Private Water Supplies If your drinking water does not come from a public water system, or you get your drinking water from a household well, you alone are responsible for assuring that it is safe. For this reason, routine testing for a few of the most common contaminants is highly recommended. Even if you currently have a safe, pure water supply, regular testing can be valuable because it establishes a record of water quality. This record is helpful in solving any future problems and in obtaining compensation if someone damages your water supply.
The following items will help you determine when to test your private drinking water supply. How frequently should I test?
Test water every year for total coliform bacteria, nitrates, total dissolved solids and pH levels, especially if you have a new well, or have replaced or repaired pipes, pumps or the well casing. Do you expect to have a new baby in the household?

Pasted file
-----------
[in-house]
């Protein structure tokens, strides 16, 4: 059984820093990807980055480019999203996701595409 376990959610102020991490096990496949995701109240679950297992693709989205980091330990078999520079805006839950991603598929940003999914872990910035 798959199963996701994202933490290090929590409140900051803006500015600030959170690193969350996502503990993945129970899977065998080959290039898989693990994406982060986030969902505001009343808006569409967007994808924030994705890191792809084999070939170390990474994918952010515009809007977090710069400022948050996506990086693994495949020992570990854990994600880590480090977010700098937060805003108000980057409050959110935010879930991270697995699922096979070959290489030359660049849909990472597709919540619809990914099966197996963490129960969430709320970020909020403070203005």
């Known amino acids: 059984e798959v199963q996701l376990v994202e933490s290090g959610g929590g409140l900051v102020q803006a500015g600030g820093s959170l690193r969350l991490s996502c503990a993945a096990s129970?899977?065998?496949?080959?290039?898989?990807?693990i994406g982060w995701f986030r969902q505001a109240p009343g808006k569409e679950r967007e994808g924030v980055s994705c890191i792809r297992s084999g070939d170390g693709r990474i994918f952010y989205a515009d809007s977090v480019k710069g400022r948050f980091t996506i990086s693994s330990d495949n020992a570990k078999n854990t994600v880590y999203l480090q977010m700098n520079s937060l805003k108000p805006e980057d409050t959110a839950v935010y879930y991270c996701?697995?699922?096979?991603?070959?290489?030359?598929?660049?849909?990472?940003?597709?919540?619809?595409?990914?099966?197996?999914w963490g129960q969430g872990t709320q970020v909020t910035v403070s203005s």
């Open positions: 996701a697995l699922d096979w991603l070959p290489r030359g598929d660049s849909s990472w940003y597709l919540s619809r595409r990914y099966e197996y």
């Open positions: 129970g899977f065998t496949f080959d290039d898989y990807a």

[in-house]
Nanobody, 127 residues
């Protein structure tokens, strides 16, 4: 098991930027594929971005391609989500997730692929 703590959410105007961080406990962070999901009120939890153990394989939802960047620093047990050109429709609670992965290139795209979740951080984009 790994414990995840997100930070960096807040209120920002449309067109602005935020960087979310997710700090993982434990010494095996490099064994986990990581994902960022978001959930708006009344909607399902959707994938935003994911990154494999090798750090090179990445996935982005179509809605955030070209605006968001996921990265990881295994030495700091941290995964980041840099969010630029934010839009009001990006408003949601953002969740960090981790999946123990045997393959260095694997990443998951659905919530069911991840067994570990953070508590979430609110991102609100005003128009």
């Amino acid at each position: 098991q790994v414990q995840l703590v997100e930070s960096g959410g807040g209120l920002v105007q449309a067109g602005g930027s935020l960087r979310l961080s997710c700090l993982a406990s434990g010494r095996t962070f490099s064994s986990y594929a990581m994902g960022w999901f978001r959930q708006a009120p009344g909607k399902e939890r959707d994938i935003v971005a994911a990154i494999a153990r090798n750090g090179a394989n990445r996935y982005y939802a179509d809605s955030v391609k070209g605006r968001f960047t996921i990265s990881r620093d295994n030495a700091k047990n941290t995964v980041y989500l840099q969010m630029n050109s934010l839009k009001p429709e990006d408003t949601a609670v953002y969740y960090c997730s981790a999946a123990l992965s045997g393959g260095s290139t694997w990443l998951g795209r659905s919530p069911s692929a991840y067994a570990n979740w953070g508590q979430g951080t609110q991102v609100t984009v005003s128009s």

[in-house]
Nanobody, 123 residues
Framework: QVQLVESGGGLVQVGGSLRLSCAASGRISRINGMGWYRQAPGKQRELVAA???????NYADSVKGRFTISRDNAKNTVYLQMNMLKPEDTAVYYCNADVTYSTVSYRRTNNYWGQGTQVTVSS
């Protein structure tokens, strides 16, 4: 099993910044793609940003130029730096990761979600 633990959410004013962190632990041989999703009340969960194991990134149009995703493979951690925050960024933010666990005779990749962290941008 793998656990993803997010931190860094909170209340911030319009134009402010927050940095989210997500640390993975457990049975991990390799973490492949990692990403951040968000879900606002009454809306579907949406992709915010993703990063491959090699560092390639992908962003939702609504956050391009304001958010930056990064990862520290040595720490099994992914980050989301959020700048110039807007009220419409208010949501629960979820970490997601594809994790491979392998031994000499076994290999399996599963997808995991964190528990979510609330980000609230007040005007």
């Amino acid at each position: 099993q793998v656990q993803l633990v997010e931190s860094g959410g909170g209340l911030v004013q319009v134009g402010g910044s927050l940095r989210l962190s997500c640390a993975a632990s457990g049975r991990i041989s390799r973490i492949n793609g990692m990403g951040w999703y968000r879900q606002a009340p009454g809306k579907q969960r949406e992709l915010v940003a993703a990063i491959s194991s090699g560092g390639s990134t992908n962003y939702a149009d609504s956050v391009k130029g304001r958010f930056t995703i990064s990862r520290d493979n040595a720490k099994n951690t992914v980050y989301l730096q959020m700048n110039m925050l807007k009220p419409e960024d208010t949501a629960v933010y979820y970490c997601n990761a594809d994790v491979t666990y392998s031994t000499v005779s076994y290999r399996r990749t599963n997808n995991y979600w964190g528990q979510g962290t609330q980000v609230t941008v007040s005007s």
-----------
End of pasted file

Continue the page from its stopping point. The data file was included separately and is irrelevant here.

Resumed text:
Test for nitrate in the early months of a pregnancy, before bringing an infant home, and again during the first six months of the baby’s life. It is best to test for nitrate during the spring or summer following a rainy period.
Do you have taste, odor and staining issues? Test for sulfate, chloride, iron, manganese, hardness and corrosion, and every three years. If you suspect other contaminants, test for these also.
Have you had a chemical or fuel spill or leak near your water supply? Test your well for chemical contaminants, such as volatile organic compounds. Tests can be expensive; limit them to possible problems specific to your situation. Local experts can tell you about possible impurities in your area. Is someone in your household pregnant or nursing an infant?